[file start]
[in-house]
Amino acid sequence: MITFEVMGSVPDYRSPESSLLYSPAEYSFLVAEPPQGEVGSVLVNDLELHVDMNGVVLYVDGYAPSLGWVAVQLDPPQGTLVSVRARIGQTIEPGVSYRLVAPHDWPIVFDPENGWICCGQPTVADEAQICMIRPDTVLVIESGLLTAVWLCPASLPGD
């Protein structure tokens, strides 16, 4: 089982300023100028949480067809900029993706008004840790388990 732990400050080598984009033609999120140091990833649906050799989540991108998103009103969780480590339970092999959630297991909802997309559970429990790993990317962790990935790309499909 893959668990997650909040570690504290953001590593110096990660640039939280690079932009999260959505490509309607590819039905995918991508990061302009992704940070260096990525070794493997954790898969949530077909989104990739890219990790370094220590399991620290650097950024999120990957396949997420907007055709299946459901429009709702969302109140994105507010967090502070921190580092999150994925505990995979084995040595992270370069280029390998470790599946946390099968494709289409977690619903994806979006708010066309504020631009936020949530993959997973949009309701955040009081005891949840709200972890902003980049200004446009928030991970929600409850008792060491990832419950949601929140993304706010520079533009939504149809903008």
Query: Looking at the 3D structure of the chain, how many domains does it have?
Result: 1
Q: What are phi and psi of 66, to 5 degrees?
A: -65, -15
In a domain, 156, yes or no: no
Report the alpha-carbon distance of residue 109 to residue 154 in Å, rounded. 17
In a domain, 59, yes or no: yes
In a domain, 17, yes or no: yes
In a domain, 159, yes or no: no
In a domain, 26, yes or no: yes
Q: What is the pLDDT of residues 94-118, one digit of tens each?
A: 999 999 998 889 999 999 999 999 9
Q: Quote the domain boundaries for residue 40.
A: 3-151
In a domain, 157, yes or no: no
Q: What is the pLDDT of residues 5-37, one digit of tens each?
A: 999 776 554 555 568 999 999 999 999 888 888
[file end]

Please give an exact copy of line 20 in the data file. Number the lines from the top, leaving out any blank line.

A: 999 776 554 555 568 999 999 999 999 888 888